Saturday, January 15, 2011
Midway Ice Castles
Midway Ice Castles
100 N. 200 W.
It’s mid-January which means the Christmas lights have been taken down (or at least turned off) and the snow that previously provided winter wonderland ambiance has now accumulated in grime-encrusted piles by the side of the road. In December, cold weather meant rosy cheeks and noses. In January, it just means stiff joints and dry chapped hands. What a difference the holidays make!
So how can you put a bit of jolly into January? Two words: Ice Castles. No, not the cheesy 1970’s movie featuring Robbie Benson and a previously--and subsequently--unknown actress Lynne-Holly Johnson. I’m talking about the magnificent structures constructed by master ice craftsman Brent Christensen.
I first saw one of his structures in a vacant lot on my block when I was lucky enough to be a neighbor of the Christensens. An amazing ice palace seemed to have risen out of the ice and snow. People driving down the street would pull over and whip out their cameras.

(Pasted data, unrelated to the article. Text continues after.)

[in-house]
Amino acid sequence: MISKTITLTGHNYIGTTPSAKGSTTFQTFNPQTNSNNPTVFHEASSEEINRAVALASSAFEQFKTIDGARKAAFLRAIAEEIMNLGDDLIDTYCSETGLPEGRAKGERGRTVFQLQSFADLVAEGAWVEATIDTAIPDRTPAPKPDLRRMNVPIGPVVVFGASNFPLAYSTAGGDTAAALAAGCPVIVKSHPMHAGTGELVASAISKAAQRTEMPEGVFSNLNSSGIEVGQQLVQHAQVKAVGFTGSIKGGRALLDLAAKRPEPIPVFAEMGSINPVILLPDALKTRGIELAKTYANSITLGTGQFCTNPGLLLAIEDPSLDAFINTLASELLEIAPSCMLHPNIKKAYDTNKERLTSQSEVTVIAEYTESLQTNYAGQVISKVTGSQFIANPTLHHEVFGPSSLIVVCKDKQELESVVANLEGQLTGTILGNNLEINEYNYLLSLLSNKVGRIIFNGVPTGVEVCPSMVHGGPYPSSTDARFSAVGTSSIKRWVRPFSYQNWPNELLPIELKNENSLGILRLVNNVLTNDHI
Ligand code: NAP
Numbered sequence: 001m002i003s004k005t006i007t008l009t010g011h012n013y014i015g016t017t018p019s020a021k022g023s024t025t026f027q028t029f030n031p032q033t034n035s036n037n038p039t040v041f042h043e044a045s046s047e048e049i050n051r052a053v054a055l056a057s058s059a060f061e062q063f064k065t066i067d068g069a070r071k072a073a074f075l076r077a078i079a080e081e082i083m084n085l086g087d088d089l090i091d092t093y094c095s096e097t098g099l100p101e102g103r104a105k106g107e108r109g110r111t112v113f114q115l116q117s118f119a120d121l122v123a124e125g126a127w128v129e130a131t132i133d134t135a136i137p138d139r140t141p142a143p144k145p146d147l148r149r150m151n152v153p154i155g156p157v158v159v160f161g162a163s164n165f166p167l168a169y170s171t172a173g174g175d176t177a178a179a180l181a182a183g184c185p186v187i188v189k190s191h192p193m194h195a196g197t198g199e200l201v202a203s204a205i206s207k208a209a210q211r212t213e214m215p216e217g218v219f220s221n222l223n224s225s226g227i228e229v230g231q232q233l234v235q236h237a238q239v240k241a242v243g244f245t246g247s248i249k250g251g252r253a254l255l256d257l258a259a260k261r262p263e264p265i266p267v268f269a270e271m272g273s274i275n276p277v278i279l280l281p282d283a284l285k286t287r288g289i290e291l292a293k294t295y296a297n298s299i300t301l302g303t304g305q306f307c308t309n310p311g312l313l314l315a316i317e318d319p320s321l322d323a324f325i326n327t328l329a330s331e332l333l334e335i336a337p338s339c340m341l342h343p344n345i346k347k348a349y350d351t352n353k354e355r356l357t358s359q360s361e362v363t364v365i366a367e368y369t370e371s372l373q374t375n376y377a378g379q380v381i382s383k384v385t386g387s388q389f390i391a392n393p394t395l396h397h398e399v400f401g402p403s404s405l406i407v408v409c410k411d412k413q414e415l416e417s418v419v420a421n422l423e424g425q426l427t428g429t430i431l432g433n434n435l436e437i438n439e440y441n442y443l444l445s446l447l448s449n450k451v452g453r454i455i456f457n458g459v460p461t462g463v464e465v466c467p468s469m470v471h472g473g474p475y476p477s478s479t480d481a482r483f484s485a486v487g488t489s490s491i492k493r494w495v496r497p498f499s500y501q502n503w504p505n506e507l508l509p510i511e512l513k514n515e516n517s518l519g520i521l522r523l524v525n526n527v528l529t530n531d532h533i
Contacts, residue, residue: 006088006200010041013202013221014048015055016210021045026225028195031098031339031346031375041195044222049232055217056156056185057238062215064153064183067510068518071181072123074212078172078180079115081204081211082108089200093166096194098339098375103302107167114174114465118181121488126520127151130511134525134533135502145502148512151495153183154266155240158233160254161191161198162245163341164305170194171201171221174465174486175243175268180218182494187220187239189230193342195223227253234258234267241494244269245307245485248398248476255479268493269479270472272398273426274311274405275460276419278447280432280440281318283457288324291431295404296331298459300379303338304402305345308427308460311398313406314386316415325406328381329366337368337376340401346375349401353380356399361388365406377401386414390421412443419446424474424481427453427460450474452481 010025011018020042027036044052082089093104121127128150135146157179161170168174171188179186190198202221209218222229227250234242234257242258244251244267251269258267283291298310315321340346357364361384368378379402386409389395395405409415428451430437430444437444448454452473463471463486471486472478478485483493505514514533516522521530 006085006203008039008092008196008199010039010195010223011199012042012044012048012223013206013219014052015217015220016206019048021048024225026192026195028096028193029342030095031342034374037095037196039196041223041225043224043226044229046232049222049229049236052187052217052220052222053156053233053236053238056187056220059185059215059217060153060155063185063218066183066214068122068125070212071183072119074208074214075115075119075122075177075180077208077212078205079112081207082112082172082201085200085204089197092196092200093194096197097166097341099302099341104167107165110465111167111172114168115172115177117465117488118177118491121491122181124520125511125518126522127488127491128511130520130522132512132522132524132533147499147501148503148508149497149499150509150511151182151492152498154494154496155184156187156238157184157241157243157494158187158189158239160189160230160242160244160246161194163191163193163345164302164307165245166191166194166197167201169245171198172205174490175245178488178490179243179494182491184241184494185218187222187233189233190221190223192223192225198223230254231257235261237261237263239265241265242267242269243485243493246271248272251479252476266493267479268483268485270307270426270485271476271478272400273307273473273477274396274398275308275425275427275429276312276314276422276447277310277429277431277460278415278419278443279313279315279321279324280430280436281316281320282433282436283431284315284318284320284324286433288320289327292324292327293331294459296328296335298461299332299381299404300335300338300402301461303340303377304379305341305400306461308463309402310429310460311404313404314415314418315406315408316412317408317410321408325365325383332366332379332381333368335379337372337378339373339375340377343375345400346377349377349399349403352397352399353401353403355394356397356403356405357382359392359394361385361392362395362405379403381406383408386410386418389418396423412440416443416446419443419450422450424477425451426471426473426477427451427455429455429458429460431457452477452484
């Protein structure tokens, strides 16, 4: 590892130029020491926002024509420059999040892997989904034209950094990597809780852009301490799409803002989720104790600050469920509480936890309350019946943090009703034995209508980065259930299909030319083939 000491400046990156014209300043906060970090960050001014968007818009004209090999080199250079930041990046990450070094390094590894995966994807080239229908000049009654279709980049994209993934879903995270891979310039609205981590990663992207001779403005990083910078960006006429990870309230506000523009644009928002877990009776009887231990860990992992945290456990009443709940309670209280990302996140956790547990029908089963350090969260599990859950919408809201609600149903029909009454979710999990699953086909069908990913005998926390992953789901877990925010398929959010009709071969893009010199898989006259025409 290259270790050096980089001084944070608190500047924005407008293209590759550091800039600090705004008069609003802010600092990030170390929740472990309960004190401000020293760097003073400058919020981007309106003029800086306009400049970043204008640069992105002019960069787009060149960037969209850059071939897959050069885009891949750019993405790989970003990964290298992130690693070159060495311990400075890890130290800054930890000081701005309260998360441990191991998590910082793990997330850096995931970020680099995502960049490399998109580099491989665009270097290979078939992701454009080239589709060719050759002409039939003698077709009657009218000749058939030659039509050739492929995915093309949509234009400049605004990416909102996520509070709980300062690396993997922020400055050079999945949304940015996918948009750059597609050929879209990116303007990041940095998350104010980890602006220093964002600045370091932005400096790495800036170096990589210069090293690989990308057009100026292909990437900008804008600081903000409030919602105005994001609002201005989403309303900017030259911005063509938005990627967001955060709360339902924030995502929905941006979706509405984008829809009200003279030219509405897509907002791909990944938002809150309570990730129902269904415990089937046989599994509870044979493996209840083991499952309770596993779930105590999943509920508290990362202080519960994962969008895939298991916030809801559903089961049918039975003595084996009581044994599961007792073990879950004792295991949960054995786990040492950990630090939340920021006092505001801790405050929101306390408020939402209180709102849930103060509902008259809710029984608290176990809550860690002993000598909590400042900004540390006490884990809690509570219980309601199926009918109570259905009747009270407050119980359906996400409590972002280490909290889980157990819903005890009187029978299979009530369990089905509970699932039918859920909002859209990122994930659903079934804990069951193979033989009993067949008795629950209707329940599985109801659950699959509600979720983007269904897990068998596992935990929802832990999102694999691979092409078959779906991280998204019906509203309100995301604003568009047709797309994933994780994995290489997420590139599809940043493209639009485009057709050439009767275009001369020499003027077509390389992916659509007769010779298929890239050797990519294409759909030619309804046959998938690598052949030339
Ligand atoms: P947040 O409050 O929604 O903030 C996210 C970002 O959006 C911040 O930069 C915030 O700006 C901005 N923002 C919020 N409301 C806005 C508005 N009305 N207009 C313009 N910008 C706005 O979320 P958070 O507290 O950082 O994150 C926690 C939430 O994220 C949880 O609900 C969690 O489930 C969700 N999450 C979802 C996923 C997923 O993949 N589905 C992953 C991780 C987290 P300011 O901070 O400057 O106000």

It caught the eye of someone from the Zermatt Resort in Midway as well, and the next year, Brent and his family were invited to live at the resort while he spent months constructing and grooming vast towering pillars and palaces of ice, some towers reaching as high as 30 feet.
This year, the ice palaces have been constructed in downtown Midway behind the city buildings and the outdoor ice rink. The structures have to be seen to be believed. They’re like towering cathedrals of ice. Two of the structures have been built so that people can walk through them.
Although the structures grow organically, formed by dripping water and freezing temperatures, their growth has to be pre-planned and guided. To one side of the pathway, you’ll actually see an icicle “farm” where Brent grows the icicles that will eventually become towering pillars of ice. The structures have to be maintained as well which means Brent and his crew literally scale the structures with special climbing gear like arctic explorers.
The varying textures and colors in the ice formations are fascinating. This really is like taking a walk through a mythical landscape.
I have visited the structures in the daytime and at night. Each experience is magical, but at night the towers become almost otherworldly. I highly recommend making the trip to Midway to see the ice castles. This is an excellent family activity. And Midway is such a charming spot, it all adds up to a festive winter outing, a suitable follow-up to the holiday season.
To read more about how Brent Christensen constructs the ice castles, and to see some amazing pictures, check out his blog here.
You can also read a review by the Provo Daily Herald here.